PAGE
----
Never one to shy away from a battle, Gov. Rick Perry took to the podium at a controversial stem cell conference on Friday to discuss a topic close to his heart.
Giving the keynote speech for the first annual Houston Stem Cell Summit — which was heavily-sponsored by Celltex, the Sugar Land lab linked to the governor's non-FDA-approved stem cell treatment in August 2011 — Perry lauded Texas' long-standing support of innovative technology and medicine.
"You'll find an amazing environment in this state for innovation" he said before a crowd of roughly 100 medical professionals at The Houstonian Hotel where the conference continues through Saturday. "[It's] that wildcat spirit that started in this state back through the generations."
Perry cited Texas' efforts to create "a fertile climate where innovators are free to create and nurture their ideas while government largely stays out of the way."
Perry's Lone Star boosterism continued as he highlighted the state's ongoing efforts to create "a fertile climate where innovators are free to create and nurture their ideas while government largely stays out of the way."
But the Texas government's attempts to stay "out of the way" have not been working so well, according to 33 scientists who recently resigned from the Cancer Prevention and Research Institute of Texas (CPRIT). The departing researchers claimed that the state-run organization was pressured by political appointees to push funding towards specific projects, including an $18 million grant to M.D. Anderson for the commercialization of cancer medications.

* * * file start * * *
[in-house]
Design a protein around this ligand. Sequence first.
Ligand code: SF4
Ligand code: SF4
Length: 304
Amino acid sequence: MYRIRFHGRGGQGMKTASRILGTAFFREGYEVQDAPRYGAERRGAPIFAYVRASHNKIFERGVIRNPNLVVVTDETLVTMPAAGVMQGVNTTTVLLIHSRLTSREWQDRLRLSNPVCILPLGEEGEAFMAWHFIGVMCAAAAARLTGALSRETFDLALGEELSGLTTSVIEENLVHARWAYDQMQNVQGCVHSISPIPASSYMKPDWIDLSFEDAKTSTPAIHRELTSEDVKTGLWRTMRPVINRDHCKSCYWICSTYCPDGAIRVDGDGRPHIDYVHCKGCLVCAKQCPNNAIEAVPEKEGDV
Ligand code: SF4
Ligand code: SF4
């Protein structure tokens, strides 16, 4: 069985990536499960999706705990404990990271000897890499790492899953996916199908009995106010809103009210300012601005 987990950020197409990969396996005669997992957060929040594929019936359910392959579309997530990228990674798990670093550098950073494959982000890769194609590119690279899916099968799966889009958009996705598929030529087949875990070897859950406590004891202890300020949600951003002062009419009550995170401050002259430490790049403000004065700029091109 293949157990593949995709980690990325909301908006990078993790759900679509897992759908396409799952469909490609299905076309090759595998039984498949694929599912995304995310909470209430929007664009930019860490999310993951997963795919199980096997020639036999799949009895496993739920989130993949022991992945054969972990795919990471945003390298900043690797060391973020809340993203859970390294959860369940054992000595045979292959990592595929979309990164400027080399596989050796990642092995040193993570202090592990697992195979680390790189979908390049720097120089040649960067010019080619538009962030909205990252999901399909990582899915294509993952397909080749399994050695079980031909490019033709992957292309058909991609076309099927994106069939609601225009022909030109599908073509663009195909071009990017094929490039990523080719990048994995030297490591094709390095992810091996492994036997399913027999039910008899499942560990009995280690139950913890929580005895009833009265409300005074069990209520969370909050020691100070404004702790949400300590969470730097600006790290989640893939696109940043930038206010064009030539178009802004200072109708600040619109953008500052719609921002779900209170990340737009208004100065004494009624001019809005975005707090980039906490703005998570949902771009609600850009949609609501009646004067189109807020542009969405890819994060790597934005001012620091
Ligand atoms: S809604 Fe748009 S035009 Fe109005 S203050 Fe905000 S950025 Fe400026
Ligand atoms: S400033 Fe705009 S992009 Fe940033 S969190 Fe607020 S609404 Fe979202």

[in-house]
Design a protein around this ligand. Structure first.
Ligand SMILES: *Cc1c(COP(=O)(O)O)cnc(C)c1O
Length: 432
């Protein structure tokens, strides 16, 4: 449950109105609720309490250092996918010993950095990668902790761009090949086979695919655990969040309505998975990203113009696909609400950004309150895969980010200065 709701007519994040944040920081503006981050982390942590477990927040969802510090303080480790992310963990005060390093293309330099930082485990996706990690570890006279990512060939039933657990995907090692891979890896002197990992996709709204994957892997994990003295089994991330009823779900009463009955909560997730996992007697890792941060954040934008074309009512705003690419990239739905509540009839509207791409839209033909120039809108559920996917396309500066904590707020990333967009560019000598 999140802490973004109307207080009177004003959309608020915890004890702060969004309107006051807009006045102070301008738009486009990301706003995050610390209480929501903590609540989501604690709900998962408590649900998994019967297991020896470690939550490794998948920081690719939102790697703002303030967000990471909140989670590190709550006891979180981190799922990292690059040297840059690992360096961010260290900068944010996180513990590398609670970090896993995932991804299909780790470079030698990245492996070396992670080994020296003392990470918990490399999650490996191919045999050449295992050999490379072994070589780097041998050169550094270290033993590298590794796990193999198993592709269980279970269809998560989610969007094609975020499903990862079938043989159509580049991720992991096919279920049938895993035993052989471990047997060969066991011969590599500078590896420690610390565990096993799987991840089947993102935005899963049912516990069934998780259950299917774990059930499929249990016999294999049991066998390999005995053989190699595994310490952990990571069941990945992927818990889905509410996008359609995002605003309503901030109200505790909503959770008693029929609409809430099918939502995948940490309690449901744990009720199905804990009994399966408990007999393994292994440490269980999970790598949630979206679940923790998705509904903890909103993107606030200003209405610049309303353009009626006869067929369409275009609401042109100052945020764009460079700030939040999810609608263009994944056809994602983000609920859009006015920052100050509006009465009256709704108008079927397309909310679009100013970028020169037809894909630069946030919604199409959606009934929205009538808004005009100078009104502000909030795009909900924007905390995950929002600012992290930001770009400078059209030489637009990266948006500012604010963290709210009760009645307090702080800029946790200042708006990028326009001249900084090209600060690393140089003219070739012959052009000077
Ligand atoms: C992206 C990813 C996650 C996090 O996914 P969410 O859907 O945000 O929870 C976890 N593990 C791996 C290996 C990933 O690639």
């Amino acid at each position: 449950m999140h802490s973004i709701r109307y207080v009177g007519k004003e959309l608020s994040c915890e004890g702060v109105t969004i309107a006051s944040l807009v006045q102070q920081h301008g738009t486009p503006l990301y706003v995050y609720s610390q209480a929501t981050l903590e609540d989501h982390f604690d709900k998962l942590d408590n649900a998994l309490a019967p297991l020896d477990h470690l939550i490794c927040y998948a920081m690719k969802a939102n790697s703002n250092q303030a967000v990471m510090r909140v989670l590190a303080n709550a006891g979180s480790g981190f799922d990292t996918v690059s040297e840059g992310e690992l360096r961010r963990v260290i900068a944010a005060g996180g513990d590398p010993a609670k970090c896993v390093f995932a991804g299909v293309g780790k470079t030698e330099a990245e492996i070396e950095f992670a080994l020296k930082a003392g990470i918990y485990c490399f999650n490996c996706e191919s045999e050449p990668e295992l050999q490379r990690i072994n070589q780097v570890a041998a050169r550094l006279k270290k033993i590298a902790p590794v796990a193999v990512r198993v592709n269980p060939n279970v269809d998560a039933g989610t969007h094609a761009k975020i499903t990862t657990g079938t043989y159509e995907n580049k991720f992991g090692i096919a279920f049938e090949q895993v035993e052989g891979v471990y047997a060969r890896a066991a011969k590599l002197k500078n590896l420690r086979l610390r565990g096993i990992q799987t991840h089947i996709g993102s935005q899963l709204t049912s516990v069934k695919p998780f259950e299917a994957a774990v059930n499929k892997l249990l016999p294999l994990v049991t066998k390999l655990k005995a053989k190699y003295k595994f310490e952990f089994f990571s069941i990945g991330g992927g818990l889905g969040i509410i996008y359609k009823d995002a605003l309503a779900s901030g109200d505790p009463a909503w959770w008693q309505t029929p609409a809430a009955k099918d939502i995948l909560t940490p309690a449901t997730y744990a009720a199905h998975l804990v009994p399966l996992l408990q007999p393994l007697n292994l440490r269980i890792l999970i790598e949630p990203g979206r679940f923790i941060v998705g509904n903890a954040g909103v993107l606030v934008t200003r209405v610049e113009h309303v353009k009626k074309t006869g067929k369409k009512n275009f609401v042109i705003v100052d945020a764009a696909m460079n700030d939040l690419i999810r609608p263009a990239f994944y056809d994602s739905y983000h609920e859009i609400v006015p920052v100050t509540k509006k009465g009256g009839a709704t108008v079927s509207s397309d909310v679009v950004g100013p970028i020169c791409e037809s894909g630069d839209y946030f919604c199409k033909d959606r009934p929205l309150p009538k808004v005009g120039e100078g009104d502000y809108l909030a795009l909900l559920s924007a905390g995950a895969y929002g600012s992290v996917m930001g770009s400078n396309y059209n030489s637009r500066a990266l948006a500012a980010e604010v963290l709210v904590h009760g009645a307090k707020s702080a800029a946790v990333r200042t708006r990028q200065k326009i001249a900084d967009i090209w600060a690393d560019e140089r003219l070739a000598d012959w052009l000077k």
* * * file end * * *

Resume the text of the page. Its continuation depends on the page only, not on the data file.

Perry's reputation took another hit this month when Celltex was forced to stop supplying stem cells to clinical trials after receiving a warning letter from the FDA that cited a long list of manufacturing infractions.
Medical morality and the FDA
Following the keynote address, the governor spoke with reporters at a brief press conference. After fielding a question about state cuts to Planned Parenthood — an organization he suggested affiliates itself with "the abortion industry" — Perry discussed the moral issues he has with embryonic stem cells, as opposed to the adult stem cells used in his own 2011 back treatment. (Click here for the debate.)
"I'm a big believer in the 10th Amendment that allows for states to make decisions that aren't clearly defined by the Constitution," Perry said.
" California, for instance, made the decision to focus on embryonic stem cells. We don't agree with that in Texas on moral grounds and, frankly, on scientific grounds.
"California, for instance, made the decision to focus on embryonic stem cells. We don't agree with that in Texas on moral grounds and, frankly, on scientific grounds. There have been no cures found on the embryonic side to my knowledge.
"That's a state to state decision and I'm confident that in Texas we'll find some cures."
Perry also mentioned his distaste for a recent federal court ruling that allows the FDA to view stem-cell procedures as drugs — a designation that allows the agency to regulate the nation's stem cell labs, including Celltex.
"I disagree with the FDA that the process going on with some of our companies here in Texas is creating a drug," he said, noting that similar lab-based procedures like bone marrow transplants and in-vitro fertilization are not under the agency's jurisdiction.